The Department of Justice has dropped its case against Apple. After over a month of court motions, congressional hearings and public fights over circumventing the security of the iPhone 5C used by San Bernardino shooter Syed Rizwan Farook, the government has decided it doesn't need Apple after all. Instead, the third party brought in to break Apple's encryption has been successful according to court documents.
The court vacated the original motion today after getting a status report. It states:
The Court has reviewed the government's Status Report, filed March 28, 2016. GOOD CAUSE HAVING BEEN SHOWN, the Court hereby VACATES the Order Compelling Apple Inc. to Assist Agents in Search dated February 16, 2016.
This doesn't come as a surprise. Right before both parties were to argue their case before magistrate judge Pym, the DoJ filed to vacate the hearing. According to that motion, a third party approached the FBI the weekend before the event with an alternative way to get into the iPhone. The government then had until April 5 to file a progress report on how the testing was coming along. That progress report was filed today and the case vacated.
In its motion the DoJ states:
The government has now successfully accessed the data stored on Farook's iPhone and therefore no longer requires the assistance from Apple Inc. mandated by Court's Order Compelling Apple Inc. to Assist Agents in Search dated February 16, 2016.
Apple was surprised about last week's filing to vacate the hearing, but vowed that if the case progressed, it would seek information about the party and the method used to hack into the iPhone. Now that the Justice Department has backed out, it can't file for information about the researcher or the method used. According to the Guardian, the government has deemed the exploit classified.
The government had earlier stated that only Apple could circumvent the iPhone's security measures. When it announced it had found a third party to break into the phone, that argument became pretty worthless in its case against the company.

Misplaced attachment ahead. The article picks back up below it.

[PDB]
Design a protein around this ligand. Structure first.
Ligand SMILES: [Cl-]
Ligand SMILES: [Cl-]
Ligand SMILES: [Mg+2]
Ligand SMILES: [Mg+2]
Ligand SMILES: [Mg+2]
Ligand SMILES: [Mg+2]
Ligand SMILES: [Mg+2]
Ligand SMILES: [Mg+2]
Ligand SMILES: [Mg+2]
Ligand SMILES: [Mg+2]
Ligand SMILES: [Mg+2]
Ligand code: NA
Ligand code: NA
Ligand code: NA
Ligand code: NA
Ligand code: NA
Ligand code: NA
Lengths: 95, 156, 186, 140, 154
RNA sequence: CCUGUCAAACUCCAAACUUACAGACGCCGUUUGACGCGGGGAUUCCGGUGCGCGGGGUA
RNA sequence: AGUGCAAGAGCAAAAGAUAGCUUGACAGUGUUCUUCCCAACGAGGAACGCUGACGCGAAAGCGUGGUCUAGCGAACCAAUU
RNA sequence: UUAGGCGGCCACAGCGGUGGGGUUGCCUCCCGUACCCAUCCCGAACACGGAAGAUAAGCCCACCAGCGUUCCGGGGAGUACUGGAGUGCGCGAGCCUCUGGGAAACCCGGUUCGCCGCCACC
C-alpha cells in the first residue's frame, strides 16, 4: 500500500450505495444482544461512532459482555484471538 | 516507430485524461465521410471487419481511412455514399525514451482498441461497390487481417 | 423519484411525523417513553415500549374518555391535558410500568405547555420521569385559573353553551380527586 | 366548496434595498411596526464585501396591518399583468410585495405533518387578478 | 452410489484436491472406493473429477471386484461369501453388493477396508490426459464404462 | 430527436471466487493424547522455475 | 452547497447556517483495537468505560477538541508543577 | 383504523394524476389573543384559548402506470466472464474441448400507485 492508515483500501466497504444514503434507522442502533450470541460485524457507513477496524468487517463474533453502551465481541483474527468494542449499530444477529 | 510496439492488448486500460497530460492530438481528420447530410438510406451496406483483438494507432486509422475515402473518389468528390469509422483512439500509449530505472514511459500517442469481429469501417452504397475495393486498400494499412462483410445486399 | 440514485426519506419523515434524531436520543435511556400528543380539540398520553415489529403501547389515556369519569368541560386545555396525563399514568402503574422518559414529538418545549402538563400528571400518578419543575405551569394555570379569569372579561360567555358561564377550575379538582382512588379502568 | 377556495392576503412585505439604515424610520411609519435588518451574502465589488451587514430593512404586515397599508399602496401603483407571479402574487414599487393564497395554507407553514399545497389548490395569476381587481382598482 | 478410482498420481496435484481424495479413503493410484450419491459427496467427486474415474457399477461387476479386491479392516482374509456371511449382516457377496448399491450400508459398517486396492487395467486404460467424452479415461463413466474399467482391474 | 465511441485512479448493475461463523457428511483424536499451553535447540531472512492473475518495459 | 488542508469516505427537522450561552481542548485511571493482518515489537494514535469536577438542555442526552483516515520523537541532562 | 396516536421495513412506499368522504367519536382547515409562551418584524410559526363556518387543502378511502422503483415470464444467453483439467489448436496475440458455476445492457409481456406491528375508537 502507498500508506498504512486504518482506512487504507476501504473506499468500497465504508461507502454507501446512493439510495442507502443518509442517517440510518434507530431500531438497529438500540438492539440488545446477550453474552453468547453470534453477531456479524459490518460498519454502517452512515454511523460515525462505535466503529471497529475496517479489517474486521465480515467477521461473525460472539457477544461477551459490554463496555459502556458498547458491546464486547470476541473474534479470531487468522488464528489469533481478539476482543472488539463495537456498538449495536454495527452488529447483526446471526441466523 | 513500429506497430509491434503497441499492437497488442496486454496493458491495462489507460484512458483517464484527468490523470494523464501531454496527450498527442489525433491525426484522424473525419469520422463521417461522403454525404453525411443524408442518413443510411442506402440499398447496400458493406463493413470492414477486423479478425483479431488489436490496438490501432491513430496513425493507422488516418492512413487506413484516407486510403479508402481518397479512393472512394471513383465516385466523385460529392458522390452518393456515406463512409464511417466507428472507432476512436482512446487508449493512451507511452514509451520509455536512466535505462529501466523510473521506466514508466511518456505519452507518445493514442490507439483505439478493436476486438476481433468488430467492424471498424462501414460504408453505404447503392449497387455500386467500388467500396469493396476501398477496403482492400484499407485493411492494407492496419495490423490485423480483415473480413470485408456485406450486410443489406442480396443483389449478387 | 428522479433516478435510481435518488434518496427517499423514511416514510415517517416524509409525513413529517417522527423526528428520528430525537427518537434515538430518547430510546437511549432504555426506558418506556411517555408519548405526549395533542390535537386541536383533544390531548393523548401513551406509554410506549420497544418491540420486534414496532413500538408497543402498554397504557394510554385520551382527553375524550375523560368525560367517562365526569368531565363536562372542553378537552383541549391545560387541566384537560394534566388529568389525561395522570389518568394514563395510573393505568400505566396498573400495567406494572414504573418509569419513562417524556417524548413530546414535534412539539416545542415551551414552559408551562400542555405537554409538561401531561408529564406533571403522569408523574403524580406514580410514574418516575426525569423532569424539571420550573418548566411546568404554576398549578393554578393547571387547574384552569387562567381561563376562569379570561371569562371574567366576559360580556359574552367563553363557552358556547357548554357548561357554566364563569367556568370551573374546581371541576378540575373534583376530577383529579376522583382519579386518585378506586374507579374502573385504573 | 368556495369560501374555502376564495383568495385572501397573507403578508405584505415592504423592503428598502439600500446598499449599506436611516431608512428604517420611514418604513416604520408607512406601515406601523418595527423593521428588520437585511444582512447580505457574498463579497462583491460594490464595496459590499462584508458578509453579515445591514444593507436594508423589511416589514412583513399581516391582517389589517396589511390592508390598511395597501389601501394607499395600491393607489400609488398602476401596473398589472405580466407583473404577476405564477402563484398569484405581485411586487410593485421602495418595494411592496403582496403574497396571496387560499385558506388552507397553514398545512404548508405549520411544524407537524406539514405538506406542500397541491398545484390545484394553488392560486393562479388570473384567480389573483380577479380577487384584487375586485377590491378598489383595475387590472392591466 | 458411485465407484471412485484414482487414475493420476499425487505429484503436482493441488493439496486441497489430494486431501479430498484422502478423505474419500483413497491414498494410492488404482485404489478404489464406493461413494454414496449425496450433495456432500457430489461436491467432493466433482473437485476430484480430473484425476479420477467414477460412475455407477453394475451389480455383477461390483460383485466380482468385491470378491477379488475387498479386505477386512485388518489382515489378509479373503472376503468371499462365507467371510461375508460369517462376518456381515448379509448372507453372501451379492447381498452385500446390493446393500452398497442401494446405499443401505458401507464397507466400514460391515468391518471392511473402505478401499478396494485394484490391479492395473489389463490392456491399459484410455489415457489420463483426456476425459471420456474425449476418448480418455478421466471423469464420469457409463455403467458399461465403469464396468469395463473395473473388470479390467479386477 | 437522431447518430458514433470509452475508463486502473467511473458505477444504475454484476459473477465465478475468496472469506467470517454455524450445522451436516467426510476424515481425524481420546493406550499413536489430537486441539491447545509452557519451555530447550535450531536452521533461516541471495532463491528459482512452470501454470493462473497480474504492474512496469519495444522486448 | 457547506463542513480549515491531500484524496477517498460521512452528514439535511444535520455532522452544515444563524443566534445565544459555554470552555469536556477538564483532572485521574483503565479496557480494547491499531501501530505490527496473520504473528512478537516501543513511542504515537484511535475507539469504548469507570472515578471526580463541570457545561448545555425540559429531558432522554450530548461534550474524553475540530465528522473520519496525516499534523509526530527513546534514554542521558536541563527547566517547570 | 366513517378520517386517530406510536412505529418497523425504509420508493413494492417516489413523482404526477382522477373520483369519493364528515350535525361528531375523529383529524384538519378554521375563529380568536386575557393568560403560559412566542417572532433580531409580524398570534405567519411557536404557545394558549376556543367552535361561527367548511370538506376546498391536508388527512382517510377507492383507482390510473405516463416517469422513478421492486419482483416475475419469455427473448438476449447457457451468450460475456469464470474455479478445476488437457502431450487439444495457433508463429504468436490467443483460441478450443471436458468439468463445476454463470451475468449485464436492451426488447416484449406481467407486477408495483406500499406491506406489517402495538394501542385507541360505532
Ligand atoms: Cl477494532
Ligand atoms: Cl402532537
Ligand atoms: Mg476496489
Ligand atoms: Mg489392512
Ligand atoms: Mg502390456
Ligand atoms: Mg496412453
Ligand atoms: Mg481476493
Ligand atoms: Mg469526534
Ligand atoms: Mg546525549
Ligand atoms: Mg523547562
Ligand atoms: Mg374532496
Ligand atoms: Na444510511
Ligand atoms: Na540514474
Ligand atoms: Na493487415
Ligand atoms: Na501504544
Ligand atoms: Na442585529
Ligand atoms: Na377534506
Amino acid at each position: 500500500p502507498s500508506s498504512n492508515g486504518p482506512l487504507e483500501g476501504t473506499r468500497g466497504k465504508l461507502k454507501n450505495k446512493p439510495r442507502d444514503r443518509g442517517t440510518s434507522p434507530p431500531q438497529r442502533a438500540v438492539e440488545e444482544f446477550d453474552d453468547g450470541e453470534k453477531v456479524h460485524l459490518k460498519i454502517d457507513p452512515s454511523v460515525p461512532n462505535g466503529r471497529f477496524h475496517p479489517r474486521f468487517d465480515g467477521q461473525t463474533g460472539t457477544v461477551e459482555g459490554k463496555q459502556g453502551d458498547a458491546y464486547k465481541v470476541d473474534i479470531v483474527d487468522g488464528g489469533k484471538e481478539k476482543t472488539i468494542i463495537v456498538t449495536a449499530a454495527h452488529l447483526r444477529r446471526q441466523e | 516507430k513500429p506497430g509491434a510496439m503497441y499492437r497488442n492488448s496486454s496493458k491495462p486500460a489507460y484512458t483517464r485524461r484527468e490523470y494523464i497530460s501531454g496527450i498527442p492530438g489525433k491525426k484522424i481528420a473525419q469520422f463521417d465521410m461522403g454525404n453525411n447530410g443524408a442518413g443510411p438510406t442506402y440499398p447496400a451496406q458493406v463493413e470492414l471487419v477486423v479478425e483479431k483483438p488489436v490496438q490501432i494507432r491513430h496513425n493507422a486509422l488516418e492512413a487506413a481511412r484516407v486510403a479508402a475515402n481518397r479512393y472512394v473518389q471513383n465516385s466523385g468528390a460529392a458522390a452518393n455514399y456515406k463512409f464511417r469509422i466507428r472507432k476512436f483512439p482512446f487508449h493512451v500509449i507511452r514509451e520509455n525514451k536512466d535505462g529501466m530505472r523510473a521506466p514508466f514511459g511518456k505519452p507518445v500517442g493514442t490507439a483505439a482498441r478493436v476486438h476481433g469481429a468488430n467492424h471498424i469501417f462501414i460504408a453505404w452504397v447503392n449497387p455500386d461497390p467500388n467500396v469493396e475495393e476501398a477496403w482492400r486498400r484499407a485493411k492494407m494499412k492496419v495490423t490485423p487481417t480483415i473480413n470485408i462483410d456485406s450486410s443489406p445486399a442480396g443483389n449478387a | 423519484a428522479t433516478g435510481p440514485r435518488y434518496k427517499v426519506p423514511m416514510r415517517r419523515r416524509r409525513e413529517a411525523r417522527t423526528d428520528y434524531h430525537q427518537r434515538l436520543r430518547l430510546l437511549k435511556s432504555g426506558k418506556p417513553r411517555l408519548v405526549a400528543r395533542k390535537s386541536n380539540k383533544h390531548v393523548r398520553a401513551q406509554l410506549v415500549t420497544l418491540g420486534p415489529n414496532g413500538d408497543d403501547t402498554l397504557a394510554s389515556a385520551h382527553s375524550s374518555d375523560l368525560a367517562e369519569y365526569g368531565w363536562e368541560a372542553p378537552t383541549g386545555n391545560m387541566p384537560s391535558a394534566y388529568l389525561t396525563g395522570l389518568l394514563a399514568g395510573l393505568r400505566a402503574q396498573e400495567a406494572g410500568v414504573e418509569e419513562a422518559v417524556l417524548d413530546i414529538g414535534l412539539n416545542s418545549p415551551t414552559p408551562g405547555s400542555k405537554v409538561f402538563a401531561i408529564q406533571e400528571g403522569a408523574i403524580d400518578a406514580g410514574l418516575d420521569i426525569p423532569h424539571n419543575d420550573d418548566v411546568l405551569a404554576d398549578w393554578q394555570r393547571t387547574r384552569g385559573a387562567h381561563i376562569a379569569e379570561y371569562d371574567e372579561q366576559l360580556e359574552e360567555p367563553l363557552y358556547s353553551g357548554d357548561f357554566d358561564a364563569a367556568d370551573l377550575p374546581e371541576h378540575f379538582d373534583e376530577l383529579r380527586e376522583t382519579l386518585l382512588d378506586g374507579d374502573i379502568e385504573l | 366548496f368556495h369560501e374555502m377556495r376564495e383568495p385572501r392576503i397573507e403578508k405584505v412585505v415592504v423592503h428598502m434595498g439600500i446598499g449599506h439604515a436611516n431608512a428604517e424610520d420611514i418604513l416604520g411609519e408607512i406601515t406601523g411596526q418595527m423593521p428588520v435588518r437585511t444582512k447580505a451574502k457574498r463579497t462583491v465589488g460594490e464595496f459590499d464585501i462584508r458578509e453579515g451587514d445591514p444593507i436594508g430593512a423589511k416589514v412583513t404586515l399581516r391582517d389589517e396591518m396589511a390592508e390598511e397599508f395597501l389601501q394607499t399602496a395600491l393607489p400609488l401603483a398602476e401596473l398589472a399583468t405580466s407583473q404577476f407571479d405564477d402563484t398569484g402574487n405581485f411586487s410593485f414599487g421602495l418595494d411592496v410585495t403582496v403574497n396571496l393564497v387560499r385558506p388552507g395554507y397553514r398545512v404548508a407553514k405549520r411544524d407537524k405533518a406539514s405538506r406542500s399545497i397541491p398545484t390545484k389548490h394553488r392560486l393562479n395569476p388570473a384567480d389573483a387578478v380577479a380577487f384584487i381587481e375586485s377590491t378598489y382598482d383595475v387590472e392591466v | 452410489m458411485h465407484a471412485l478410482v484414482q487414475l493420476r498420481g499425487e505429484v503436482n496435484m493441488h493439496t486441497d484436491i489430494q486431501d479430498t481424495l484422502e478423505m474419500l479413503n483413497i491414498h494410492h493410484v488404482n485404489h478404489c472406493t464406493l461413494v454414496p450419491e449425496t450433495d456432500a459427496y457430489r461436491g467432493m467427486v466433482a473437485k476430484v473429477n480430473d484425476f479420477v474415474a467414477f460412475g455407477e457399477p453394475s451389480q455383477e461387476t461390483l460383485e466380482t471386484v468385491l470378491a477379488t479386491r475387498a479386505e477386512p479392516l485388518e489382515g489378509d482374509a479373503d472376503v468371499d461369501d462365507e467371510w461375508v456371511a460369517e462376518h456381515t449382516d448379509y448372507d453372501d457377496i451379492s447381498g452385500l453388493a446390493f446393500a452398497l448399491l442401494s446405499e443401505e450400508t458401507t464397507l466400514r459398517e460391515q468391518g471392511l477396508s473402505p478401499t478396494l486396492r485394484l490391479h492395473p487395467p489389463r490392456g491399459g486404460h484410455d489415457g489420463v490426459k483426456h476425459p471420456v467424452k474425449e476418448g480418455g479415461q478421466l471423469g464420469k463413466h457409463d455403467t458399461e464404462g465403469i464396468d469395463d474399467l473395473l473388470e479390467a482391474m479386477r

This doesn't mean that Apple is in the clear. The DoJ could ask the company to circumvent the security within a newer iPhone and this whole thing will start over again. For now, this is a victory for Apple and other companies that don't want to break the encryption of their products even if compelled by law enforcement.
Update: Apple sent the following statement to Engadget:
From the beginning, we objected to the FBI's demand that Apple build a backdoor into the iPhone because we believed it was wrong and would set a dangerous precedent. As a result of the government's dismissal, neither of these occurred. This case should never have been brought.
We will continue to help law enforcement with their investigations, as we have done all along, and we will continue to increase the security of our products as the threats and attacks on our data become more frequent and more sophisticated.
Apple believes deeply that people in the United States and around the world deserve data protection, security and privacy. Sacrificing one for the other only puts people and countries at greater risk.
This case raised issues which deserve a national conversation about our civil liberties, and our collective security and privacy. Apple remains committed to participating in that discussion.